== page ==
Artist: Lionel Loueke
Album: The Journey
Genre: World Fusion, Ethnic Jazz
Quality: mp3, 320 kbps
Vi Gnin 05:37
Dark Lightning 02:18
Reflections on Vi Gnin 02:26
The Healing 02:21
The Journey finds Benin’s guitar prodigy Lionel Loueke in a stripped-back setting, often painting gentle sound-sketches using only his voice and a guitar. In place of his long-standing trio, comprised of drummer Ferenc Nemeth and double bassist Massimo Biolcati, Loueke has assembled a divers array of guest musicians for subtle accompaniment when needed. The fifteen songs compiled on this album exhibit some of the most versatile music the guitarist has created to date, and represent a sort of summary of his career- spanning works. The creator himself states “This album is a very personal project—it is the clearest reflection of the melodies and musical atmosphere that I carry within me every day.”
Besides the jumpy funk-infused opener “Bouriyan” and jam tracks like “Bawo,” folkier elements are especially prominent. “Molika” or “Vi Gnin” display the extent to which Loueke has developed as a vocalist, and carry most fragile melodies into the open. While most compositions rely on various acoustic guitars, some of his signature electric guitar playing makes it on to the record as well, the loop-based “Dark Lightning” being a prime example. He also draws from his past catalogue and presents reinterpretations of “Okagbé” and “Gbede Temin,” now written together “Gbêdetemin.” Both songs were featured on the trio-recording Gilfema (ObliqSound, 2005) and have been stripped down to their very core elements, now presented at a much slower pace in a much more atmospheric fashion. The booklet translates what Loueke sings in the Benin native Fon and reveals lyrics that contemplate war, and question the world we live in.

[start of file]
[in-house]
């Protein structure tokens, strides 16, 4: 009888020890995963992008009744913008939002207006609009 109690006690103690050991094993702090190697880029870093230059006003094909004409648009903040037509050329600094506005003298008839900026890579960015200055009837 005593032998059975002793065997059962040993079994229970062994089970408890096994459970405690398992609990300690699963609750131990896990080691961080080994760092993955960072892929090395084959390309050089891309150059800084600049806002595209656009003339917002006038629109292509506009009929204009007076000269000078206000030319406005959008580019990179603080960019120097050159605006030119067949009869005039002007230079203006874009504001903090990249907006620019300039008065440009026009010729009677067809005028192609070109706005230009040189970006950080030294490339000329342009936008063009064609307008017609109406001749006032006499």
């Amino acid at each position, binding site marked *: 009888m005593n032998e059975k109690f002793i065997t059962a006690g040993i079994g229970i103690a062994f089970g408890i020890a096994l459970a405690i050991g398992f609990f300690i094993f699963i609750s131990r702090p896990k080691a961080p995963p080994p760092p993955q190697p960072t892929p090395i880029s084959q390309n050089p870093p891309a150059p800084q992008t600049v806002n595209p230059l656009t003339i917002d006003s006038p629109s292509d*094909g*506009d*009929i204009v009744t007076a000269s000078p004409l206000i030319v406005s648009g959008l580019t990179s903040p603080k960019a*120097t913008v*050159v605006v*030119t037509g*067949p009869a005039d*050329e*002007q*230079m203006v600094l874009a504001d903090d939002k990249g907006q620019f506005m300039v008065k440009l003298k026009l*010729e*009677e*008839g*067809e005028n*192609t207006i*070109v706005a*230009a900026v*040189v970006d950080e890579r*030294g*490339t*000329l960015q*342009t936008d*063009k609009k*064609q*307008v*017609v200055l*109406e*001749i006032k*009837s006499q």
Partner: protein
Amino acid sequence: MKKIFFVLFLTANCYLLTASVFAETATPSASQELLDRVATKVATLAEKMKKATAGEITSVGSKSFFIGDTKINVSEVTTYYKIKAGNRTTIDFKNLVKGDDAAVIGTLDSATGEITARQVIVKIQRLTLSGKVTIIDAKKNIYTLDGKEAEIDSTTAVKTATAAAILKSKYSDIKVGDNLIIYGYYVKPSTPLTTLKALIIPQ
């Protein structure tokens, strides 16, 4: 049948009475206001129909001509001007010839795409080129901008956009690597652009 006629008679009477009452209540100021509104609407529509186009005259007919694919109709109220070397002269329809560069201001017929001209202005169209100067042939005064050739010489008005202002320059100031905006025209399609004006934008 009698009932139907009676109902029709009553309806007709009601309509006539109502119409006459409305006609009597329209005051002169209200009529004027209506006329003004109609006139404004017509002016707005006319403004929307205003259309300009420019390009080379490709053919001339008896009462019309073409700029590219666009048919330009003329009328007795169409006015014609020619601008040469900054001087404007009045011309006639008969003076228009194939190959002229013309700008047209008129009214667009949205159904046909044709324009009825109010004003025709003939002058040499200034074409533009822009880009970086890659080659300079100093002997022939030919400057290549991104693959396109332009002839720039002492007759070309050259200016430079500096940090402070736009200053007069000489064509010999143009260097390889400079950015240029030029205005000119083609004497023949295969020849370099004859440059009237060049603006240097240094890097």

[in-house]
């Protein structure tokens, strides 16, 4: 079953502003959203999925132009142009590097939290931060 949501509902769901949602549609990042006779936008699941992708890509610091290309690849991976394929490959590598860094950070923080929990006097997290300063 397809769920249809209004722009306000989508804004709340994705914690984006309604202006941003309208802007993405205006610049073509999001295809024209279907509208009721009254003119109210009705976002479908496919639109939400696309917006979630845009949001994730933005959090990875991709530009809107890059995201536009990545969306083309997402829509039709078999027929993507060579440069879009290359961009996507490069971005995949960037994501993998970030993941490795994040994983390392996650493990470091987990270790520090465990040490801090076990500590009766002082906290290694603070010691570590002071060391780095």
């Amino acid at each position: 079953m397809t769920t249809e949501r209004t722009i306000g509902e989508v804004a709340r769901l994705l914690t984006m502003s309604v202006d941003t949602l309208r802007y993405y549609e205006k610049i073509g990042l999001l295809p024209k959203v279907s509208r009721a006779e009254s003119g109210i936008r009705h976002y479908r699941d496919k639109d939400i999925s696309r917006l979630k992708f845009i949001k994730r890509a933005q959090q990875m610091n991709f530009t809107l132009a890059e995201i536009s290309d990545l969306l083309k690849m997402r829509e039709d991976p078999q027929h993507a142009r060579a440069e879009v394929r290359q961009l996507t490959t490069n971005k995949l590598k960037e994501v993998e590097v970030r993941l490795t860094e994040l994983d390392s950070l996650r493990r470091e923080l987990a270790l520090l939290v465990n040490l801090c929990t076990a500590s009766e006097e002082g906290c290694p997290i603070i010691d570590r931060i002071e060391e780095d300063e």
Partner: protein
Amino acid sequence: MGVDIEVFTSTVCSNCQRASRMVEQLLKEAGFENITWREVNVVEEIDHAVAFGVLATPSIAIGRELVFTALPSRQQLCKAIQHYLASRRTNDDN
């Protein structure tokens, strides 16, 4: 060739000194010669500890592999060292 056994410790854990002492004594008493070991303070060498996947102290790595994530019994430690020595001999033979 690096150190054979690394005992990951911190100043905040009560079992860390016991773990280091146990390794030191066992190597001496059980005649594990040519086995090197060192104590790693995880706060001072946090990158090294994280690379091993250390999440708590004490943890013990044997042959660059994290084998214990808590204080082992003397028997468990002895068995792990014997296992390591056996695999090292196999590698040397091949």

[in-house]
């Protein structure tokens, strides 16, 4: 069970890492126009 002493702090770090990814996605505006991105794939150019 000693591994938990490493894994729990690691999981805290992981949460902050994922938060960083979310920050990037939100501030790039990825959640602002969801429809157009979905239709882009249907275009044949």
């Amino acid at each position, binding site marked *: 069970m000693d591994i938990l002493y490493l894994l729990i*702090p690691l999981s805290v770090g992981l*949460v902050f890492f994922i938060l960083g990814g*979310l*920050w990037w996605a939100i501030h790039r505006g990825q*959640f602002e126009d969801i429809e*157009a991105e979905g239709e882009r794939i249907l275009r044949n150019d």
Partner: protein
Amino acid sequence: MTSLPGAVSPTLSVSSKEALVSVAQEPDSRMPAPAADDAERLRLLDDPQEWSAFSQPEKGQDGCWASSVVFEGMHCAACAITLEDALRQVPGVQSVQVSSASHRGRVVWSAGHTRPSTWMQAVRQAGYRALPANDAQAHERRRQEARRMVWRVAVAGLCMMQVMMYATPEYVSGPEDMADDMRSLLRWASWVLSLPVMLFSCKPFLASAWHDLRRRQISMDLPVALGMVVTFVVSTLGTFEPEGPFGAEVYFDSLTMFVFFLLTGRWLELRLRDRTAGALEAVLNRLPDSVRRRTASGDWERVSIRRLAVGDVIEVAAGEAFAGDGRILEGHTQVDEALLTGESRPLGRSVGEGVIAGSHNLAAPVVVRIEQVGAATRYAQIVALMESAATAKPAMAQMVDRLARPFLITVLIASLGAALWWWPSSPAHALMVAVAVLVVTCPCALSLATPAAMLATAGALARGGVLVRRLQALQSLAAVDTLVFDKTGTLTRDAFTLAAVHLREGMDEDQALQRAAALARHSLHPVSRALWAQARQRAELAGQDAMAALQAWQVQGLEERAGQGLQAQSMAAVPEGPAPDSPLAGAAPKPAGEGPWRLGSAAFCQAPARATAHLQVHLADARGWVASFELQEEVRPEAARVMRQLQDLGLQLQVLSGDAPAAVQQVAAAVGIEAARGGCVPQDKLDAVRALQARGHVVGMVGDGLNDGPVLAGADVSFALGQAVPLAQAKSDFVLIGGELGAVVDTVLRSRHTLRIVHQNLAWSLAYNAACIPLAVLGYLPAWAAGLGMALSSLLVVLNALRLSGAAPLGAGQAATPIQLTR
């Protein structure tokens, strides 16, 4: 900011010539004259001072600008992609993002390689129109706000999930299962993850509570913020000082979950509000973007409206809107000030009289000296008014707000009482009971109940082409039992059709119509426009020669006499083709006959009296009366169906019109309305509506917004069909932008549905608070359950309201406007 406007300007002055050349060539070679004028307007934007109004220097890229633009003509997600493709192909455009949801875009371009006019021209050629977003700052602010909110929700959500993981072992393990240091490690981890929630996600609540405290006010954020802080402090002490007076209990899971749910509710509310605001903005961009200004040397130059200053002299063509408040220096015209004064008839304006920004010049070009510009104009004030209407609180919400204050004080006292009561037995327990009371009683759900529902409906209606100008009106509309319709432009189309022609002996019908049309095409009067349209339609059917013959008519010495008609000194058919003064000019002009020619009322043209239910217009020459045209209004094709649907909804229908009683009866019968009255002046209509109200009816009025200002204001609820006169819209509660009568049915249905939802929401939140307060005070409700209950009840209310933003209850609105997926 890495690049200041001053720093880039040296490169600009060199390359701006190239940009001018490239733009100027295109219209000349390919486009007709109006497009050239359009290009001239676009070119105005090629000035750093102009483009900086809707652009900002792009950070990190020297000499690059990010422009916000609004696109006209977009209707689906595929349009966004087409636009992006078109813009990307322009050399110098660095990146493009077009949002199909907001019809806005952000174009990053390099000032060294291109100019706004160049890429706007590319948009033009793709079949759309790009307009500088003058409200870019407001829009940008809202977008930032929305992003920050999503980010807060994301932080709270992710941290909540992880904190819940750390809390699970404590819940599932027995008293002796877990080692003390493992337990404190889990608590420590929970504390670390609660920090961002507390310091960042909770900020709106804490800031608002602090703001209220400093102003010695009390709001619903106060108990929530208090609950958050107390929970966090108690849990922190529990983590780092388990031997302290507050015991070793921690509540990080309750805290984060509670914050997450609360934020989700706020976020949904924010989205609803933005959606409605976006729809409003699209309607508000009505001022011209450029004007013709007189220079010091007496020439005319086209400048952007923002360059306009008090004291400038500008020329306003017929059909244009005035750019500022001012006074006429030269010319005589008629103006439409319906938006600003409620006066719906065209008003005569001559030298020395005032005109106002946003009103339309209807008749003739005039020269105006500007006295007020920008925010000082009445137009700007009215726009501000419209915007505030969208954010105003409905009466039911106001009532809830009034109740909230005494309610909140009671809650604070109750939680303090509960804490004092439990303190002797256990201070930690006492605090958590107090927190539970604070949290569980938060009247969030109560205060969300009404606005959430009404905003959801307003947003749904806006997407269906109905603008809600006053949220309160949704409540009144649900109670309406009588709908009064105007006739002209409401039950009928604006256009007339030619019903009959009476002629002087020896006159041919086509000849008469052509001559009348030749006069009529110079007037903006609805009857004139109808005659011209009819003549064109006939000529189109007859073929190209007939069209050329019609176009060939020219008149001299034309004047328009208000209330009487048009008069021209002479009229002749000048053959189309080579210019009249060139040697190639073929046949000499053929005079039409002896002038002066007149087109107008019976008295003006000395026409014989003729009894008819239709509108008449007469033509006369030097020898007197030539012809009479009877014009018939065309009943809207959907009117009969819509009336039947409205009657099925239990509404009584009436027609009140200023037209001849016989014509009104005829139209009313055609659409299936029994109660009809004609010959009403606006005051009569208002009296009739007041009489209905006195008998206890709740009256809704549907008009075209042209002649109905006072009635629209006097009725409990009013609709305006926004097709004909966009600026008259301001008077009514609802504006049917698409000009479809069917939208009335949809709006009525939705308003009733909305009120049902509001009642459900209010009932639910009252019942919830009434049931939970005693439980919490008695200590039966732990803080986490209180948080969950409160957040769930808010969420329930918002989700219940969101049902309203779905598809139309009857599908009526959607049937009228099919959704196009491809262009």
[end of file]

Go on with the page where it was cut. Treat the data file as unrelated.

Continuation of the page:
While dancing rhythms and celebratory chants, typical for Lionel Loueke, do find their way into this record, the more reflective side of things prevails and makes this endeavor one of a very profound and touching amplitude. The minimalist instrumental approach only adds to this intimate feeling and places the listener right by the source. If not in person, then this is probably the closest one might ever get to meeting Lionel Loueke.
By FRIEDRICH KUNZMANN